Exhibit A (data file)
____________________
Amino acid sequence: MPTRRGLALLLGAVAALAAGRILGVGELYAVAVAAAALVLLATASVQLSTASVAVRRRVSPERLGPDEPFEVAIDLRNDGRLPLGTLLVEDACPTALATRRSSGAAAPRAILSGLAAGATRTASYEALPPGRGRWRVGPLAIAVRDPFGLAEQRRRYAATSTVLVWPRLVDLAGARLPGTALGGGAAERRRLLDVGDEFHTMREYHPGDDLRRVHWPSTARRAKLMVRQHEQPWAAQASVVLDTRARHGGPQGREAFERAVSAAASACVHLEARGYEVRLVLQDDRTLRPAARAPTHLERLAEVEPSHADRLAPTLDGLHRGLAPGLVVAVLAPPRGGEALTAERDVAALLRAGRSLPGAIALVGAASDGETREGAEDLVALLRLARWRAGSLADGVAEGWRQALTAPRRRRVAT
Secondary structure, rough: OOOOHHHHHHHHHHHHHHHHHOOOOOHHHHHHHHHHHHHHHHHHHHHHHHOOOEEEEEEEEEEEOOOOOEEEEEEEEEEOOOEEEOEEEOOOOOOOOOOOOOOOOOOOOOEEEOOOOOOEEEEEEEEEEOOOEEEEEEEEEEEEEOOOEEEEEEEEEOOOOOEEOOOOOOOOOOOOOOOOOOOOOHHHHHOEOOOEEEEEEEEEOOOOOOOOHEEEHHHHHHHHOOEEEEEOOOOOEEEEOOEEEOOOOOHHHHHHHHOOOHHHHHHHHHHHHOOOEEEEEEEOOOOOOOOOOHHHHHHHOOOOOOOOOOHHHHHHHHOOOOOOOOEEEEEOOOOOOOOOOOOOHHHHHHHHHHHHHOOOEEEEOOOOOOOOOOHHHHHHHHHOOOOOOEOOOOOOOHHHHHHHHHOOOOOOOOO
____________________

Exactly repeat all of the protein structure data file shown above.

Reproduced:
Amino acid sequence: MPTRRGLALLLGAVAALAAGRILGVGELYAVAVAAAALVLLATASVQLSTASVAVRRRVSPERLGPDEPFEVAIDLRNDGRLPLGTLLVEDACPTALATRRSSGAAAPRAILSGLAAGATRTASYEALPPGRGRWRVGPLAIAVRDPFGLAEQRRRYAATSTVLVWPRLVDLAGARLPGTALGGGAAERRRLLDVGDEFHTMREYHPGDDLRRVHWPSTARRAKLMVRQHEQPWAAQASVVLDTRARHGGPQGREAFERAVSAAASACVHLEARGYEVRLVLQDDRTLRPAARAPTHLERLAEVEPSHADRLAPTLDGLHRGLAPGLVVAVLAPPRGGEALTAERDVAALLRAGRSLPGAIALVGAASDGETREGAEDLVALLRLARWRAGSLADGVAEGWRQALTAPRRRRVAT
Secondary structure, rough: OOOOHHHHHHHHHHHHHHHHHOOOOOHHHHHHHHHHHHHHHHHHHHHHHHOOOEEEEEEEEEEEOOOOOEEEEEEEEEEOOOEEEOEEEOOOOOOOOOOOOOOOOOOOOOEEEOOOOOOEEEEEEEEEEOOOEEEEEEEEEEEEEOOOEEEEEEEEEOOOOOEEOOOOOOOOOOOOOOOOOOOOOHHHHHOEOOOEEEEEEEEEOOOOOOOOHEEEHHHHHHHHOOEEEEEOOOOOEEEEOOEEEOOOOOHHHHHHHHOOOHHHHHHHHHHHHOOOEEEEEEEOOOOOOOOOOHHHHHHHOOOOOOOOOOHHHHHHHHOOOOOOOOEEEEEOOOOOOOOOOOOOHHHHHHHHHHHHHOOOEEEEOOOOOOOOOOHHHHHHHHHOOOOOOEOOOOOOOHHHHHHHHHOOOOOOOOO